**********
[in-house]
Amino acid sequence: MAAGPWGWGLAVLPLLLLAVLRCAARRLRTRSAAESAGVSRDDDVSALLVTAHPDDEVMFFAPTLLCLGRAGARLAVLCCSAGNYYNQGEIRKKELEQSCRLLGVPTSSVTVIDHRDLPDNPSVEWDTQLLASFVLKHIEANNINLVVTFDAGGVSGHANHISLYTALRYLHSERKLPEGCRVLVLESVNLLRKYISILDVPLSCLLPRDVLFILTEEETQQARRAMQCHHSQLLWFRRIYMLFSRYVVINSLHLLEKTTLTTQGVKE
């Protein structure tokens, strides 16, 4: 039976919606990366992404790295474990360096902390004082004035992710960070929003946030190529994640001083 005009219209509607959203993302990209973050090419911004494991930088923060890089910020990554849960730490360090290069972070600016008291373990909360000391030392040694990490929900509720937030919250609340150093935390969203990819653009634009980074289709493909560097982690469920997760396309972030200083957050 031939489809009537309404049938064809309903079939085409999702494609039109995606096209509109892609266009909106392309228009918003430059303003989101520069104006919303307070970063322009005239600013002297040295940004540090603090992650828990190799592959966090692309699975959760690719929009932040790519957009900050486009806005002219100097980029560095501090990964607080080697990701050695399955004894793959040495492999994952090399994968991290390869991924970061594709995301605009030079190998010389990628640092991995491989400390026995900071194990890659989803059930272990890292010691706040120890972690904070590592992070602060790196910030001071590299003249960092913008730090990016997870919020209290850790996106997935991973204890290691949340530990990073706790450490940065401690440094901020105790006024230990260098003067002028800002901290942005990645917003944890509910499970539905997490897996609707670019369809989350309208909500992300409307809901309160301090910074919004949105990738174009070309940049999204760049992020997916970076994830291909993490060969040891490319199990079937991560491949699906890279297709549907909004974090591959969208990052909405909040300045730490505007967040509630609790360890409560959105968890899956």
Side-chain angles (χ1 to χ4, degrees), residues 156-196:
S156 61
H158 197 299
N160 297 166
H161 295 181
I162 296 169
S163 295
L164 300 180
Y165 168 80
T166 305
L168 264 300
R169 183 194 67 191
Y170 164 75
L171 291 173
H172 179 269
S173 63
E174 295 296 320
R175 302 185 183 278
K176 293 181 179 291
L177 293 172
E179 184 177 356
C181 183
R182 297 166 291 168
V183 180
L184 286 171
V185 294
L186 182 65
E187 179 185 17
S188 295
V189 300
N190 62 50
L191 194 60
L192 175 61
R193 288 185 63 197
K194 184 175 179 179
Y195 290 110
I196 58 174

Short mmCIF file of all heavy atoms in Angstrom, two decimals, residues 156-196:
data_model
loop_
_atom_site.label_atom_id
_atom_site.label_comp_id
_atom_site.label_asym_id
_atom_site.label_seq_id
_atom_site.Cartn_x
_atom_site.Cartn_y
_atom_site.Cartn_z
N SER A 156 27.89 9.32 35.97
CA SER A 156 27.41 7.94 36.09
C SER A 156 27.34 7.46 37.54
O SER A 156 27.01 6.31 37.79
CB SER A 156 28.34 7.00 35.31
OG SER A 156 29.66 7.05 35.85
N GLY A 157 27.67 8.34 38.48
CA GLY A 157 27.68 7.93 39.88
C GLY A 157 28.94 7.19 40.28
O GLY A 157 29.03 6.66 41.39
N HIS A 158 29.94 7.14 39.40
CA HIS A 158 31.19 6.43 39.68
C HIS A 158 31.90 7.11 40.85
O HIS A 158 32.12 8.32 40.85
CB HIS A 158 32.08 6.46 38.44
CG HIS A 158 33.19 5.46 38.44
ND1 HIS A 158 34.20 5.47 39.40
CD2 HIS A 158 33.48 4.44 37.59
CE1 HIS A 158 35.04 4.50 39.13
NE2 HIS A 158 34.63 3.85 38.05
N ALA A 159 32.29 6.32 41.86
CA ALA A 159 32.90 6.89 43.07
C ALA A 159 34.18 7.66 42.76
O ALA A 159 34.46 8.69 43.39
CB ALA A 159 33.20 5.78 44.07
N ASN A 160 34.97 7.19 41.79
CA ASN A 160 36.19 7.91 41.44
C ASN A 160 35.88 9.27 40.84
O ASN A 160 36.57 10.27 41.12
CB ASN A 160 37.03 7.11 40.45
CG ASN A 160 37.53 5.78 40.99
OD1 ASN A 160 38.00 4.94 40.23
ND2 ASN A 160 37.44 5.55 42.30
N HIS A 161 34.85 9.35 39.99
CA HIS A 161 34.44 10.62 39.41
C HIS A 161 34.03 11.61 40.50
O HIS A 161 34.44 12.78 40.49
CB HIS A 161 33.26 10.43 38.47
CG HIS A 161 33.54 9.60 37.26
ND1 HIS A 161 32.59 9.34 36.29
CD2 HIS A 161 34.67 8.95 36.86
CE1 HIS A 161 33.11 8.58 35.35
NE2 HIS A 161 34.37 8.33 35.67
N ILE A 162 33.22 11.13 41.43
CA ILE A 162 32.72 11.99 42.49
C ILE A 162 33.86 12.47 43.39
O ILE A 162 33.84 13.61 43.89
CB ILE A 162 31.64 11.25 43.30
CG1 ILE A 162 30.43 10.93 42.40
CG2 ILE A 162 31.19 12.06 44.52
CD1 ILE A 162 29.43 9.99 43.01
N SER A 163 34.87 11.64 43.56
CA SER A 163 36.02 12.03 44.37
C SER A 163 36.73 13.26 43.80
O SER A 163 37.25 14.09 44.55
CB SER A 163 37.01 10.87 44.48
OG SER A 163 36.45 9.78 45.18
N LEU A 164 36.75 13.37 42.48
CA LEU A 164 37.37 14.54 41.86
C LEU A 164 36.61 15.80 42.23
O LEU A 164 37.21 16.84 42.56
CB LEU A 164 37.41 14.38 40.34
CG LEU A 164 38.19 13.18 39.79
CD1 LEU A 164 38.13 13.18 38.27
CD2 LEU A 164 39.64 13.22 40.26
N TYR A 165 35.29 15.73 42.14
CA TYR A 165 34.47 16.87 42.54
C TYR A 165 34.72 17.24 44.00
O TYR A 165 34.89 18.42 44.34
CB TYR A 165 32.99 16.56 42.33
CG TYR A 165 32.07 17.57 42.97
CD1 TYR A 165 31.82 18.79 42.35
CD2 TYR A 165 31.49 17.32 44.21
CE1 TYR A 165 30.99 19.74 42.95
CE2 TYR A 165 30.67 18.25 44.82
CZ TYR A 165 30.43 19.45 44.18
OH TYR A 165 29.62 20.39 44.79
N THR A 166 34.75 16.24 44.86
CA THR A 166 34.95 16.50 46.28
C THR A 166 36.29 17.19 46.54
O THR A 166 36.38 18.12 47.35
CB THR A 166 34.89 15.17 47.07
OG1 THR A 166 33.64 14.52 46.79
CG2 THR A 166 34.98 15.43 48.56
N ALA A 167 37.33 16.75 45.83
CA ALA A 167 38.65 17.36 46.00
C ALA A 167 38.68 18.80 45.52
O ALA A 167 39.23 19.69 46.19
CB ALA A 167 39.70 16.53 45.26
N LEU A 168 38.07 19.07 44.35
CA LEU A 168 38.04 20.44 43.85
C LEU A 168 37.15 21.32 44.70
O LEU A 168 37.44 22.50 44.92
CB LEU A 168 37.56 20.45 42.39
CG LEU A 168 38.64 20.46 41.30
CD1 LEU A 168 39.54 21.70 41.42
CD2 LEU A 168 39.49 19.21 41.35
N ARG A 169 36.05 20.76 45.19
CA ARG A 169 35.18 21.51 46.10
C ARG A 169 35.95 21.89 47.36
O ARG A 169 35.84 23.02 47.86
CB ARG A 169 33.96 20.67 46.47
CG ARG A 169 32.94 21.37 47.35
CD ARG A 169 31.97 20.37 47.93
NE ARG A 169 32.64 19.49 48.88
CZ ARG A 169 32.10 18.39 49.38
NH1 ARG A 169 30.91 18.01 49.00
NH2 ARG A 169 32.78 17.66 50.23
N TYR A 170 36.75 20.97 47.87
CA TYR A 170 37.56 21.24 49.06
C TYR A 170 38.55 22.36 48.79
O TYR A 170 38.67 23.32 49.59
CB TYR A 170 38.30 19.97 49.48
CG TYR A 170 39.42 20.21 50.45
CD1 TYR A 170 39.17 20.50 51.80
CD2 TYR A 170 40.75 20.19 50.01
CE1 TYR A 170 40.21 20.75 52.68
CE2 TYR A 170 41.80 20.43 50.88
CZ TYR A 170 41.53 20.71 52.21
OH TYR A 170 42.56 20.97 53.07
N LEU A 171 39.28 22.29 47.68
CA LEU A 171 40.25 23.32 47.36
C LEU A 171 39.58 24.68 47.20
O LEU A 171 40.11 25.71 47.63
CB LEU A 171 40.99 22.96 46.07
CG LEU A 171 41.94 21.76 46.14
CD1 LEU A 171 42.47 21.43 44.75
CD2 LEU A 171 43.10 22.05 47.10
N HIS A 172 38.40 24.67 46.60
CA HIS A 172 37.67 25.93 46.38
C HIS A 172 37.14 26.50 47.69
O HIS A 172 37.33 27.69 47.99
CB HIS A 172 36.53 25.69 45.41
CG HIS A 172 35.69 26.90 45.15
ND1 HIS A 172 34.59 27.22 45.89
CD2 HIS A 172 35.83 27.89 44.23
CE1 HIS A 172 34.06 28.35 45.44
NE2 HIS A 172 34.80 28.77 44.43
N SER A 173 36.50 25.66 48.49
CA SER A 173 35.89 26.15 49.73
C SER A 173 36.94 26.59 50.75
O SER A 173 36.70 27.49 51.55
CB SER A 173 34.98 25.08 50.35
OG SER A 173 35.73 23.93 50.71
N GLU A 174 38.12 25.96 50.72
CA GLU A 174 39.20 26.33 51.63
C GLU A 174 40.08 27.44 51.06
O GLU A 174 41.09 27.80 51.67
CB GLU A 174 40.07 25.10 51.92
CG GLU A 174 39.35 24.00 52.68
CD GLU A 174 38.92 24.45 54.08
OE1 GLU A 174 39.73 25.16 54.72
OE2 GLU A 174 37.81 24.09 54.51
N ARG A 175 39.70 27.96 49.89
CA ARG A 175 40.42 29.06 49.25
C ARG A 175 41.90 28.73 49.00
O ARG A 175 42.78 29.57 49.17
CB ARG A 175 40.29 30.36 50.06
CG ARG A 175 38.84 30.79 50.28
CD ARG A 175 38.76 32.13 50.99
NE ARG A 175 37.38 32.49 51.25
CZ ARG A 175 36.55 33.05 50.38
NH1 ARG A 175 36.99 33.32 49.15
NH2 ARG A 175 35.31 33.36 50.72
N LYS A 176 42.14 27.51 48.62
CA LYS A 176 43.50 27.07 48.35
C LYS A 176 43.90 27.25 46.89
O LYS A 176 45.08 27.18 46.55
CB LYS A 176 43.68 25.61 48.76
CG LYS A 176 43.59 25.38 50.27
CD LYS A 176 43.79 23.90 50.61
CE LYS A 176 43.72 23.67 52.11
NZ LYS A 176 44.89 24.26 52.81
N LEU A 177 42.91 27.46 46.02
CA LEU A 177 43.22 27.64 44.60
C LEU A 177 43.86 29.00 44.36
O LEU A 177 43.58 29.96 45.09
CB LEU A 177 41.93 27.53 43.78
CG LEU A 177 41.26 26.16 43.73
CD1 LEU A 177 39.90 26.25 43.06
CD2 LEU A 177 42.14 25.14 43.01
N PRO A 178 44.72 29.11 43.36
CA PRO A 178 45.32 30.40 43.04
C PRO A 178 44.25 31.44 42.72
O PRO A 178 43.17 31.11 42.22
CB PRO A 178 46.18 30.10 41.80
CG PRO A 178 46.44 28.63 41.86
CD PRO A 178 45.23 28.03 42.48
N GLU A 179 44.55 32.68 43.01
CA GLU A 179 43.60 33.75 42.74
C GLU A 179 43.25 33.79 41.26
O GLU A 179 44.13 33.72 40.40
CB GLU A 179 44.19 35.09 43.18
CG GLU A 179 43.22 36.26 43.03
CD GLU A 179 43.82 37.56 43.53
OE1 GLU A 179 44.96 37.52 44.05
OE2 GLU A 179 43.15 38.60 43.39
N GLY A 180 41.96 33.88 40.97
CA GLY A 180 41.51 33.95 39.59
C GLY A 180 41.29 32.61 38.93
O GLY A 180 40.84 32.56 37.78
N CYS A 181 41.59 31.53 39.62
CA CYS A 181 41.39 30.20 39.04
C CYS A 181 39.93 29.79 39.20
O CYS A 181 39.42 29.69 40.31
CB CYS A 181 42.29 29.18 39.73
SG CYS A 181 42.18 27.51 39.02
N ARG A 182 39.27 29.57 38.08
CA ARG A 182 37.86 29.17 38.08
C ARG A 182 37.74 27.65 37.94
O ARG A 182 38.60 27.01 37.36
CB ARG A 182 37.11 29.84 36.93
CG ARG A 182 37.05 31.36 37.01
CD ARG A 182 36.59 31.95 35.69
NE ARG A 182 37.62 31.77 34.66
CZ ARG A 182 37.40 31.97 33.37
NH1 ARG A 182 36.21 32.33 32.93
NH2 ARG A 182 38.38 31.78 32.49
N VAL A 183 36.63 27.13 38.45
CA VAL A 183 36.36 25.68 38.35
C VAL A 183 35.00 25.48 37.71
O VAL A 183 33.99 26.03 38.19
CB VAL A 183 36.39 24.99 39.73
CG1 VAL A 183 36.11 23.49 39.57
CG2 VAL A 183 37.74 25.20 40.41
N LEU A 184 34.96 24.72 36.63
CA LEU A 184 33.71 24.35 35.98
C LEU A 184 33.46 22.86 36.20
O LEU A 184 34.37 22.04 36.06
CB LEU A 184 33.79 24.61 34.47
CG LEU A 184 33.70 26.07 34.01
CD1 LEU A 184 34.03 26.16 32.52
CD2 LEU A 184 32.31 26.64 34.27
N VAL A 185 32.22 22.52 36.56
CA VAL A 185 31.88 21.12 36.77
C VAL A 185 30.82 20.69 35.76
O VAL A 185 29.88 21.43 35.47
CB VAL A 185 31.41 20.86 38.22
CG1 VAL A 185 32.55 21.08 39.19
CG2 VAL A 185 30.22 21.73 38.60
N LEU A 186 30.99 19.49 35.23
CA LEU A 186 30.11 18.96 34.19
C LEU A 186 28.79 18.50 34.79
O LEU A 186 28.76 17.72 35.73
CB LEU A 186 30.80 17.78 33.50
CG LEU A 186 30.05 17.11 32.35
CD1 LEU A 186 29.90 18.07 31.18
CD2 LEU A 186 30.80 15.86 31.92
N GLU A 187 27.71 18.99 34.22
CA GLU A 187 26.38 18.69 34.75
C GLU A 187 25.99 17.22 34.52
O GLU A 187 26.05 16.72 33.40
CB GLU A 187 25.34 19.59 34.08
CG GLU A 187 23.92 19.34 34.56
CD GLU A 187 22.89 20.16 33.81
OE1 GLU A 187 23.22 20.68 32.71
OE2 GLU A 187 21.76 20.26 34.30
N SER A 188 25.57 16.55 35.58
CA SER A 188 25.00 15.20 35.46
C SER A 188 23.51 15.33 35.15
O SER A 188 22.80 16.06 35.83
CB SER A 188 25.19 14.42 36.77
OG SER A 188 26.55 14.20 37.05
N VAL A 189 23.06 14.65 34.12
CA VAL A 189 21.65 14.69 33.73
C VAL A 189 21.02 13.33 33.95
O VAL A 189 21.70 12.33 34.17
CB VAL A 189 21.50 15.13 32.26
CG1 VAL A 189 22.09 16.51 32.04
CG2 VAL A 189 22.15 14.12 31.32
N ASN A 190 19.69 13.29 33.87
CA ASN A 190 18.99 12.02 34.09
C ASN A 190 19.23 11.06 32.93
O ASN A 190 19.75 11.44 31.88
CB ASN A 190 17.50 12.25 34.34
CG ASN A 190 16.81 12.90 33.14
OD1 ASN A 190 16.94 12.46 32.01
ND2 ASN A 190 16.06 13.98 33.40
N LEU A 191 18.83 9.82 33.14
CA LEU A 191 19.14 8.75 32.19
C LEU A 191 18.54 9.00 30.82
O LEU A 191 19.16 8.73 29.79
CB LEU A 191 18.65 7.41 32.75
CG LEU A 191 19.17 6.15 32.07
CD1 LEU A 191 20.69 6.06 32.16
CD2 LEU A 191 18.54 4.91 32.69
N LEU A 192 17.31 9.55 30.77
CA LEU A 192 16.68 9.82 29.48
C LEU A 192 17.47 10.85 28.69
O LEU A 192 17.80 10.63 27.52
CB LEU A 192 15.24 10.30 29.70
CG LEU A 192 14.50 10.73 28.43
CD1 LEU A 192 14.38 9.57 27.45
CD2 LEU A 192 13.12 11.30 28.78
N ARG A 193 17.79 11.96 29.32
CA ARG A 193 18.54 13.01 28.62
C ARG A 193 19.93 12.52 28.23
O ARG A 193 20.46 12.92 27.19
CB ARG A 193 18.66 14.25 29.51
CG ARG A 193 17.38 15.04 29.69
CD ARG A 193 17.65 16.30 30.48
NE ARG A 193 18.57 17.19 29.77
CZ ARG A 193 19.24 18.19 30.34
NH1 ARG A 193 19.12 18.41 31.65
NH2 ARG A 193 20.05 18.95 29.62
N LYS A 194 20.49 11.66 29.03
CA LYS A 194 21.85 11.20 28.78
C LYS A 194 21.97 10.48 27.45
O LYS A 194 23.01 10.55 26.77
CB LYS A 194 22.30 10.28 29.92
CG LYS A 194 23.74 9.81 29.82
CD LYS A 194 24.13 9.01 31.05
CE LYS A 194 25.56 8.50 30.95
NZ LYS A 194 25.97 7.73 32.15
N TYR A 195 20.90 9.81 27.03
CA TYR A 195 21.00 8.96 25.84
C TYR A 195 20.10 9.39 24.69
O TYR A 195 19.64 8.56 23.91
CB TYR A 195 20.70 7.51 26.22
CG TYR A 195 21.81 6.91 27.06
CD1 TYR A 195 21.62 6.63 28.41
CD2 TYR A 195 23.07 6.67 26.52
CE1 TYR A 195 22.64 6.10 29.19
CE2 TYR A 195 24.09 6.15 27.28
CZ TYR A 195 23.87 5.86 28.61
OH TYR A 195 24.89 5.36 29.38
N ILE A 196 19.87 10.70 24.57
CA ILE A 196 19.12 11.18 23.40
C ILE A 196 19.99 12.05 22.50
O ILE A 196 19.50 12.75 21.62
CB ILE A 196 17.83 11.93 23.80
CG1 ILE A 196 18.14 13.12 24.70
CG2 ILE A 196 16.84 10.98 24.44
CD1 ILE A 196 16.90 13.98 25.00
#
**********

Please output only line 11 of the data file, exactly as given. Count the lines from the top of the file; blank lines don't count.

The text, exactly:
L164 300 180